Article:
The Tal Farlow Album, Norgran 1047. This is an original pressing with the yellow label, deep grooves and beautiful David Stone Martin cover. Or is it? My friend Dan, who was Tal’s great friend and protege, has always been a devotee of the 10-inch version of this record based on the crispness of the sound and the fact that it was the original original pressing. I once did a comparison, played the 12-incher and the 10-incher back to back, and it was true: You could hear a difference in the sound. I’m not sure why: Perhaps it was psychological, Dan had planted it in my head and I always trust him when it comes to music. The 10-incher, Norgran 19, has eight tracks. This one has additional tracks that come from . . . . where? Dan, if you’re out there, please fill in the blanks. Based on the description, this looks to be in VG+ or maybe VG++ condition for the record and VG++ for the cover. The current price is around $80.
Jutta Hipp with Zoot Sims, Blue Note 1530. This is an original Lexington Avenue pressing and it looks to be in very nice condition, M- for the record and probably VG++ for the cover. The bidding is already quite high for this, in the $1,500 range with more than two days to go.
Here’s some jazz vinyl we’re watching now on eBay. Jackie is back: Jackie McLean, The New Tradition, Ad Lib 6601. This one is from a reputable seller and is listed in VG+ condition for both the record and the cover. VG+ is always a risk, but this one is play-graded and sounds like it is in pretty good shape. The bidding has already topped $1,000 on its way to . . . . we’ll see. Also on eBay now is one of my favorites, Jackie McLean, Swing, Swang, Swingin’, Blue Note 4024. This looks to be an original pressing with the West 63rd address, deep grooves, RVG, ear. It is listed in M- condition for the record and VG++ for the cover. Start price is $650 and, with a day to go, there are no takers so far. For a high start price like that, I think most buyers would appreciate pictures of the labels, for what it’s worth, although I’d be OK bidding on this record if I was inclined to pay that high a price for it in any condition, which I’m not.
This one is tempting:
Dan is back with another request. This upcoming memoir better be good. (Actually, it is: I’ve seen early drafts). This time Dan is looking for a high-res scan of the following photo from Downbeat, May 2, 1967. I know I have this issue in nice condition, bit it is somewhere in storage and I can’t access it. So if someone out there can help out (again), I’m sure it would be most appreciated.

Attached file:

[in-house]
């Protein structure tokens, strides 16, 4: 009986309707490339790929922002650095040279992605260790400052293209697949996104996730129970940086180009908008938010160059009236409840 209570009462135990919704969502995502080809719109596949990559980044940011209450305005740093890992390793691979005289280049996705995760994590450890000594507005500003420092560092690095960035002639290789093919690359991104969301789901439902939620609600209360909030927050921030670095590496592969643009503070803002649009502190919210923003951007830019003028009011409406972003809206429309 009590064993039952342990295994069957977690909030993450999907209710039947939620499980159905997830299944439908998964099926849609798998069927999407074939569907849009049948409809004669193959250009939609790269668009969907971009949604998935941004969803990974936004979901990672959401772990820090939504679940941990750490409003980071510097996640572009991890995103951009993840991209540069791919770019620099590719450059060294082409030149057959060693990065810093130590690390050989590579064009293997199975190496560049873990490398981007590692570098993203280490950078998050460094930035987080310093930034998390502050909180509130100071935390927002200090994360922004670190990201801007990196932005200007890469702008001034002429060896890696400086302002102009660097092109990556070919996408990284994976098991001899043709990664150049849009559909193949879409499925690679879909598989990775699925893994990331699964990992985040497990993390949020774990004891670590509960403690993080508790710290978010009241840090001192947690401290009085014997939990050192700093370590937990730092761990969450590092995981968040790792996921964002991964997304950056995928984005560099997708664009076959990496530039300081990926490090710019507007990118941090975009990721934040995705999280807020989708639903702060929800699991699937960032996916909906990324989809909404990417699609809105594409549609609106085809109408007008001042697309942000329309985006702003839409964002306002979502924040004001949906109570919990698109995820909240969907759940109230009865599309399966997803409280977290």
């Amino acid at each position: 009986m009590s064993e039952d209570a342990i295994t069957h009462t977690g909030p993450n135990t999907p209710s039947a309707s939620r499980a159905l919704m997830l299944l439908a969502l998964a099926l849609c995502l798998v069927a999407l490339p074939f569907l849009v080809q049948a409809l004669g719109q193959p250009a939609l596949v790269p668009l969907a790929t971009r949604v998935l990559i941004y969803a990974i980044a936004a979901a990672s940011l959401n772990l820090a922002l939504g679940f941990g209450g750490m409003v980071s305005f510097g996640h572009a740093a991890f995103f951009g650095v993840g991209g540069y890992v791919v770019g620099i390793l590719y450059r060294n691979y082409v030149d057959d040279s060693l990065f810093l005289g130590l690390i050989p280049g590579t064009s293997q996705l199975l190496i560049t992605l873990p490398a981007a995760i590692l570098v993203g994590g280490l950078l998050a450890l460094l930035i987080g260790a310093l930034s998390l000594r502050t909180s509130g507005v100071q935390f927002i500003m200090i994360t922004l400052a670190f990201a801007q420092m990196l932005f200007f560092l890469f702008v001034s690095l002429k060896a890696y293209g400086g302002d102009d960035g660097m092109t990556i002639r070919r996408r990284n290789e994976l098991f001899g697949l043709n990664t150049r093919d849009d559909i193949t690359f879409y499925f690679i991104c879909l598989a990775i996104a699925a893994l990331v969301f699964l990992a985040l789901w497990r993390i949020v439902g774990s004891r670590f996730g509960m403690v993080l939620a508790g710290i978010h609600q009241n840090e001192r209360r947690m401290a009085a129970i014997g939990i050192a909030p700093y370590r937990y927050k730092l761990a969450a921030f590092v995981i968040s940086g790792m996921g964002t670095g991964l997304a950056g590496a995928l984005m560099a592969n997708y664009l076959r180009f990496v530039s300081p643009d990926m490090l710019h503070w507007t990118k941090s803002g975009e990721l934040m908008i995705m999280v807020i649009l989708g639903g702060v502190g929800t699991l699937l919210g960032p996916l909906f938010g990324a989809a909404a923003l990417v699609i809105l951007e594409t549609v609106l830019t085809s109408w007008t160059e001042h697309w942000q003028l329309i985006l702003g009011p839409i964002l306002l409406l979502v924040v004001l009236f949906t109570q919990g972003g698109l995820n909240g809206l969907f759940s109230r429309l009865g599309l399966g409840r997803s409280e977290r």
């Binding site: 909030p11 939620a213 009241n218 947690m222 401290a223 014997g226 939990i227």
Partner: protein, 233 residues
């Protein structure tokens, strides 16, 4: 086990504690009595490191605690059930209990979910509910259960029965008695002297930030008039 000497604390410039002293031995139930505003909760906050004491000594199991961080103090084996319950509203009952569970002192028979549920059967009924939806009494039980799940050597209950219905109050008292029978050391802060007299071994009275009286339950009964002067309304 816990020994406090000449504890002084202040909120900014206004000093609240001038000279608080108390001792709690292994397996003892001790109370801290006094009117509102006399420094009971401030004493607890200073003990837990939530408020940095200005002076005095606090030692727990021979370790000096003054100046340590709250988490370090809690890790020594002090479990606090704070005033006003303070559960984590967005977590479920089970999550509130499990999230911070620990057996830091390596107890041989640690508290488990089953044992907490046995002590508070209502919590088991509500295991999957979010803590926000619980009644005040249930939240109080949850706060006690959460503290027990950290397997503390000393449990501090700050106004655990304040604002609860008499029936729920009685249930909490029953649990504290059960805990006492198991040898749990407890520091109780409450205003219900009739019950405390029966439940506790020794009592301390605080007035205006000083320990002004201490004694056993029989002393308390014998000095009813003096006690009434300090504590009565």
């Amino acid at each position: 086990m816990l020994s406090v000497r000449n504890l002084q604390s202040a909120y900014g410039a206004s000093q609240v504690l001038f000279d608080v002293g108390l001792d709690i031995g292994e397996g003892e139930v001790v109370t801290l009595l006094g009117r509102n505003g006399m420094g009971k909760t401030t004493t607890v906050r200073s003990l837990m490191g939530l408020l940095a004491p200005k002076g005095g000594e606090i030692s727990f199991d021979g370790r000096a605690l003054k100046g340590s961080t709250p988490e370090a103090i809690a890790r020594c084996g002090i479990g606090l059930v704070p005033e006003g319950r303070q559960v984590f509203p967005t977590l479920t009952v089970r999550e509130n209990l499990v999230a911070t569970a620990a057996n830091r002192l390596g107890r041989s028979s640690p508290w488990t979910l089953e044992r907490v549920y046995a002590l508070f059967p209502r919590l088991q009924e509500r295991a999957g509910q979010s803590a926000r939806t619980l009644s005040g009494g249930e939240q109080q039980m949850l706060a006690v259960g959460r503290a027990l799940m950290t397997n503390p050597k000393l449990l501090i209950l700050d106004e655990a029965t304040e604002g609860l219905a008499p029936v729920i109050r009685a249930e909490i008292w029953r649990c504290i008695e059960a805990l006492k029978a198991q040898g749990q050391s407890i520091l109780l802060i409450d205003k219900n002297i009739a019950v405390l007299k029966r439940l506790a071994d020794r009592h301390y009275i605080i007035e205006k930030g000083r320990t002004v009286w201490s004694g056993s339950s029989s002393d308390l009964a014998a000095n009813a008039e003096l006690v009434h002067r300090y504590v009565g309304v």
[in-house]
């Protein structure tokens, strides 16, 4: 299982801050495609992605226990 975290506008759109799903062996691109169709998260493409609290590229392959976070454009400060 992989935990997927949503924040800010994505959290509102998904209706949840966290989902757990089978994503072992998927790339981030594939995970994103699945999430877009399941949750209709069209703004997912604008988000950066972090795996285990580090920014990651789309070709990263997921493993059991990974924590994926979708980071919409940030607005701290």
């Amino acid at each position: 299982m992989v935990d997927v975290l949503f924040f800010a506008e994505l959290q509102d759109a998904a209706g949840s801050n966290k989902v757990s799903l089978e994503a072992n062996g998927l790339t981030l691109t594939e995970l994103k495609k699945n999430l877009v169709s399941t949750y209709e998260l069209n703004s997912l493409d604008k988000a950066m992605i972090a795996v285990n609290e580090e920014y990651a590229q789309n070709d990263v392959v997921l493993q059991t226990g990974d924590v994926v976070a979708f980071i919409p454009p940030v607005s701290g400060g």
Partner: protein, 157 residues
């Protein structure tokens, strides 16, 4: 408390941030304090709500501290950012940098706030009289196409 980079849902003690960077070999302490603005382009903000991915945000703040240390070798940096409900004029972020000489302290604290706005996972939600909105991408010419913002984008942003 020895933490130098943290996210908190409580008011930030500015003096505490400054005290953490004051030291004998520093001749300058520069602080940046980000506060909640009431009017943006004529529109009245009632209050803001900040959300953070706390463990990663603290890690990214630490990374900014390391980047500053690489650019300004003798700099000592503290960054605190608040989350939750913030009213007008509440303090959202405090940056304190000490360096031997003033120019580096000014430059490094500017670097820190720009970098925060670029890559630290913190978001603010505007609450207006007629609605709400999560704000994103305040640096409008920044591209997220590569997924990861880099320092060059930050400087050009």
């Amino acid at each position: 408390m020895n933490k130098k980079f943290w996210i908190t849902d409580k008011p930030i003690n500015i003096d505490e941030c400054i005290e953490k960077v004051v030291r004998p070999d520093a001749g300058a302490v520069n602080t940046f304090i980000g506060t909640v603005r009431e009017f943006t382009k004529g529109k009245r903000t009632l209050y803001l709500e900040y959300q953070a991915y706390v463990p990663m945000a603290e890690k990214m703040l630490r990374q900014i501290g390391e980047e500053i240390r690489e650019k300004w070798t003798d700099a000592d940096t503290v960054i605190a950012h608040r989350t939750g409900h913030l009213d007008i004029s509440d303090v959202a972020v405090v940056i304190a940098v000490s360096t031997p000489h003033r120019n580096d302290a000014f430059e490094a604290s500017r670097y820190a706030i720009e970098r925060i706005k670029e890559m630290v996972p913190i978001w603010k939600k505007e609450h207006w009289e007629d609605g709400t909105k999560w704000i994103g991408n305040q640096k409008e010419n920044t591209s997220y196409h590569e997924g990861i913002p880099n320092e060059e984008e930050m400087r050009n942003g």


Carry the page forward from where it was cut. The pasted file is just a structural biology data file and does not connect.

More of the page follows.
OK, we’re going to see if we can use the collective wisdom, expertise, knowledge and possible collections of the community to see if we can solve a mystery for a friend. In this case, we are looking for a specific article in Downbeat. All we have is a partial headline and story, pictured here. To me this looks like a Downbeat from the early 1950s when it was still in a newspaper format. We are looking for the issue date of the article and, if possible, a copy of the article itself. My friend says we will not be successful in this quest, that the reference is too obscure. I say never underestimate the power of the Jazz Collector community. Let’s see.
Can’t sleep so I’m up early updating the Jazz Collector Price Guide. Here are some 10-inch records that will be going in:
Miles Davis All Stars Volume 2, Prestige 200. This looks to be an original pressing with the yellow label, probably one of the first Prestiges to have the famous yellow label. The record was listed in VG++ condition and the cover was VG+. The price was $204.50.
I think this was the first LP issued by Blue Note: Mellow The Mood, Blue Note 5001. It features Ike Quebec, Benny Morton, Buck Clayton and others. The record was VG and the cover was VG++. You’d think it would fetch a high price just for the historic value. But, alas, this copy did not: It sold for $28.
I’ve never seen this one and it has quite a cool cover: Bill Jennings/Leo Parker Quintet, Billy in the Lion’s Den, King 527. This was listed in VG condition for both the record and the cover. It sold for $81.
Hard to find this one in M- condition, but here was a copy: Gerry Mulligan Quartet, With Chet Baker, Pacific Jazz 5. It sold for $115.52.
And now for some 10-inch Blue Notes:
Trying to get off Blue Note a little bit and infuse some variety to our posts. Yesterday we added some Prestige and New Jazz jazz vinyl to the Jazz Collector Price Guide, today let’s look at a few from the Norman Granz pantheon.
This one has a very pretty, simple cover design by David Stone Martin: A Recital By Tal Farlow, Norgran 1030. This was an original pressing with the yellow label and the trumpeter logo. The record was listed in M- condition and the cover was VG++. The price was $122.16.
This one also has a nice Stone Martin Cover: Anita O’Day, Collates, Clef 130. This was a 10-inch LP and it was listed in M- condition for both the vinyl and the cover. The price was a very reasonable $82.
Here’s another nice 10-inch LP: